Full-Time Caddie Segal Relishes U.S. Amateur Turn
August 14, 2018 | Pebble Beach, Calif.
By Dave Shedloski
Corby Segal wasn’t too disappointed Monday with an opening 3-over-par 74 at Pebble Beach Golf Links in the first round of qualifying in the 118th U.S. Amateur Championship.
How could he be when he uses a set of irons that are older than many of the competitors in the 312-player field. And how could he be upset when his preparation consisted of one quick 18-hole round a week ago and six holes at Pebble Beach early Sunday evening after completing his regular job.
“I actually did about as well as I expected, but it was fun. It was a blast,” Segal said while wearing a huge grin. “I wish I could have played better on 9-10-11. [He bogeyed each of the three holes.] I only hit it about 250-255 so I knew those holes were going to be tough for me. I didn’t give my game the chance that I expected with my short game.
“But I did OK. I just played Pebble Beach in 3 over par having played one round of golf in the last week.”
And carrying a bag for four rounds.
Segal, 47, caddies for Brandon Hagy, a PGA Tour player who is in the midst of trying to come back from a wrist injury. Last week, Hagy competed in the Ellie Mae Classic in Hayward, Calif., the same event where NBA standout Steph Curry of the Golden State Warriors competed. In just his third event of the year, Hagy had a promising finish, tying for fourth place.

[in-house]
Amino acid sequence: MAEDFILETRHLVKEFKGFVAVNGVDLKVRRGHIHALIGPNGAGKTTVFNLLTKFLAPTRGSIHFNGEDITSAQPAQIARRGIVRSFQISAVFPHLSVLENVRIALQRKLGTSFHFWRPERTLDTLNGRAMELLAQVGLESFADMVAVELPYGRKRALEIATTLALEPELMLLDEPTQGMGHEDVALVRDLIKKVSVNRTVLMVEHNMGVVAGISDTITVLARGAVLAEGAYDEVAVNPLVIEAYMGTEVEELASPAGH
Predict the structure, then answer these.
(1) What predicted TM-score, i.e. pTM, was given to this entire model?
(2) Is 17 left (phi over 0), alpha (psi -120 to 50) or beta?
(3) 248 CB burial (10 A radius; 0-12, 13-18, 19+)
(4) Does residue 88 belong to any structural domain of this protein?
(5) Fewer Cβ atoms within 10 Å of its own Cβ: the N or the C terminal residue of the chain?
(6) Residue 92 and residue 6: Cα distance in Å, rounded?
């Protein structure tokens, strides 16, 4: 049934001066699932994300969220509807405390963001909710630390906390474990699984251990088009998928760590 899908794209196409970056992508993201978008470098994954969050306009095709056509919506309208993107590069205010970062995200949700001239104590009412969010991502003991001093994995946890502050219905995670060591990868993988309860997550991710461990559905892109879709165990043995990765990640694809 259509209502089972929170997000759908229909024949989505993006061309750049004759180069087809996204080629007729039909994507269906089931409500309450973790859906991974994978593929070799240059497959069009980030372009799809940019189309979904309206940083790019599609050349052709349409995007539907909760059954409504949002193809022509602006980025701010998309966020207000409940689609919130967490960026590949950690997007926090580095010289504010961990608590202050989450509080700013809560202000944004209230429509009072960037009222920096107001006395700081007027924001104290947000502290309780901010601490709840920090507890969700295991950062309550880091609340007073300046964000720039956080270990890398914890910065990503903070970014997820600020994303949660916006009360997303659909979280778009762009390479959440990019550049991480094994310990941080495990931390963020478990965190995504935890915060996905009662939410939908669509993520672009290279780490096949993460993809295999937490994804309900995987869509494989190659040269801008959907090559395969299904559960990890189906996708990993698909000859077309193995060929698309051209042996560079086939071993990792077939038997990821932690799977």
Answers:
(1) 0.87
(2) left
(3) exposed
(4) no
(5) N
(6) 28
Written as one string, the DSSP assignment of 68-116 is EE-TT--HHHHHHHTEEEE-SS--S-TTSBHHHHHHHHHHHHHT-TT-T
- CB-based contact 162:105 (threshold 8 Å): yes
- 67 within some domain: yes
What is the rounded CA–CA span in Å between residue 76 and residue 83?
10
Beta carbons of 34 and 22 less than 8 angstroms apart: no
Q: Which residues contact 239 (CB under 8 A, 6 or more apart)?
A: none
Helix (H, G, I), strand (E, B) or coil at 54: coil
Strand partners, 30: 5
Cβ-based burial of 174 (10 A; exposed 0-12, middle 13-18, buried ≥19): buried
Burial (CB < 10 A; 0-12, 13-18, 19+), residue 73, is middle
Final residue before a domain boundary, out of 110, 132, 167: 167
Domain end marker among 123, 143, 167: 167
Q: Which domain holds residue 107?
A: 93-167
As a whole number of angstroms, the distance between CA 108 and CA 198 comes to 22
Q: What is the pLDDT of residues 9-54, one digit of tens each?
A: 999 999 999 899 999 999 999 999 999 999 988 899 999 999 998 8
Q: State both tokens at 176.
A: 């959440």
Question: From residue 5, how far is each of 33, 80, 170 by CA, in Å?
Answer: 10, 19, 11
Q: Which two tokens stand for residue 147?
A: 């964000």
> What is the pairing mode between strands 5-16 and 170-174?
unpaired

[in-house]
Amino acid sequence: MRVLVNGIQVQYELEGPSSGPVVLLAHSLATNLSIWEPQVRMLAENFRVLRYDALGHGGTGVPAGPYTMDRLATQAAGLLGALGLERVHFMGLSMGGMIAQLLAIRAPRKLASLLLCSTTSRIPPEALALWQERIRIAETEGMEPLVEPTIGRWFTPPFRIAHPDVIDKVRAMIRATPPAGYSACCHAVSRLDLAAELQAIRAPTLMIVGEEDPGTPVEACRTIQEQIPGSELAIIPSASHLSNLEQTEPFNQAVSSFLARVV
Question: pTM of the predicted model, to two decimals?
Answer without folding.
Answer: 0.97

After Hagy fired a final-round 6-under 64 at TPC Stonebrae, Segal drove straight to Pebble Beach to register for the championship. Then he joined up with a friend for those few holes of practice.
A reinstated amateur, Segal played professionally starting in 1995 after a career at Cal State Northridge, but like a number of other talented players, he found a job as a caddie a rewarding alternative. He has caddied for Briny Baird, Tom Hoge and now Hagy on the PGA Tour.
“It’s a pretty good gig,” Segal said.
The gig, fortunately, has included caddie chores at Pebble Beach and Spyglass Hill for the PGA Tour’s AT&T Pebble Beach National Pro-Am. Last year, Hagy finished tied for 33rd.
“There aren’t any surprises out there for us,” Segal said, referring to himself and his caddie this week, Nick Moore, a standout player in his own right who caddies at nearby Cypress Point Club.
Segal is lucky to have Moore on the bag. He had an offer to caddie for U.S. Junior Amateur champion Michael Thorbjornsen, but Segal already had snagged him so Moore turned down the talented teenager.
Regardless of what happens Tuesday at Spyglass Hill, Segal has had a decent summer. He won the Kelly Cup, and was second in the SCGA Mid-Am and third in the SCGA stroke-play tournament. He currently leads the SCGA Player of the Year race despite limited starts – and those old clubs. His PRGR irons are 23 years old.
“The one thing I tell people is that my game doesn’t change very much,” he explained. “I’m not going to hit it farther. It’s just whether or not I hit the center of the face most of the time.”
Though he has gotten as far as the quarterfinals of the U.S. Mid-Amateur, in 2012, Segal never has advanced to match play in the U.S. Amateur, in which he first competed in 1993.
He has a tall task ahead of him, but he doesn’t mind.
“It’s hard to play at this age against these younger guys, but it’s also a fun challenge,” Segal said. “It’s fun to compete against these kids. And to have a chance to do it here is pretty special, no matter what.”
Dave Shedloski is an Ohio-based freelance writer who frequently writes for USGA digital channels.